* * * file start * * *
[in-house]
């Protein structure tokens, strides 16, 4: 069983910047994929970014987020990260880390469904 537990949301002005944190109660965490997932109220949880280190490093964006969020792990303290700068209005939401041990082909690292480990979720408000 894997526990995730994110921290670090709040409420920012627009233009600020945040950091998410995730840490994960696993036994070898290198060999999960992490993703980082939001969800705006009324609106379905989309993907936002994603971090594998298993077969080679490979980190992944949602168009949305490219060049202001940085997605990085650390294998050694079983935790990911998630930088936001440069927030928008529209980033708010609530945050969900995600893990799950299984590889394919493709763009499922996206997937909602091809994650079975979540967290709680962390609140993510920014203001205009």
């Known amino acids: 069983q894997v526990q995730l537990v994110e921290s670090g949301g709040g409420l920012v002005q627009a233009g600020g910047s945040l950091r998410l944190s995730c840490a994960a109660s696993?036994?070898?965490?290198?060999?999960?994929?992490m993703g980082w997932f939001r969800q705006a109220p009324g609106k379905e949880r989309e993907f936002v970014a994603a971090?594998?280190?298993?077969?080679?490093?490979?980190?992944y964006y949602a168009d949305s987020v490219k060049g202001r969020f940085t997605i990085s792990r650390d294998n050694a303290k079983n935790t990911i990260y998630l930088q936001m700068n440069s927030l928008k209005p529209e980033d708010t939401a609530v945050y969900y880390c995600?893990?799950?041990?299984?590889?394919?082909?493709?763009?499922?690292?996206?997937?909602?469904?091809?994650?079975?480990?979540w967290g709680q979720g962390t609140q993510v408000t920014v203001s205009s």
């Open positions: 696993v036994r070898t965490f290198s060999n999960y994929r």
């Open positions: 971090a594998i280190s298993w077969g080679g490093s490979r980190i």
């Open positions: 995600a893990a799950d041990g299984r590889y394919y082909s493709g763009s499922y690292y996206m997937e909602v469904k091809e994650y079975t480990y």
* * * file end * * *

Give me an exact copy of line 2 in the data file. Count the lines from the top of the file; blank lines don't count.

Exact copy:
């Protein structure tokens, strides 16, 4: 069983910047994929970014987020990260880390469904 537990949301002005944190109660965490997932109220949880280190490093964006969020792990303290700068209005939401041990082909690292480990979720408000 894997526990995730994110921290670090709040409420920012627009233009600020945040950091998410995730840490994960696993036994070898290198060999999960992490993703980082939001969800705006009324609106379905989309993907936002994603971090594998298993077969080679490979980190992944949602168009949305490219060049202001940085997605990085650390294998050694079983935790990911998630930088936001440069927030928008529209980033708010609530945050969900995600893990799950299984590889394919493709763009499922996206997937909602091809994650079975979540967290709680962390609140993510920014203001205009």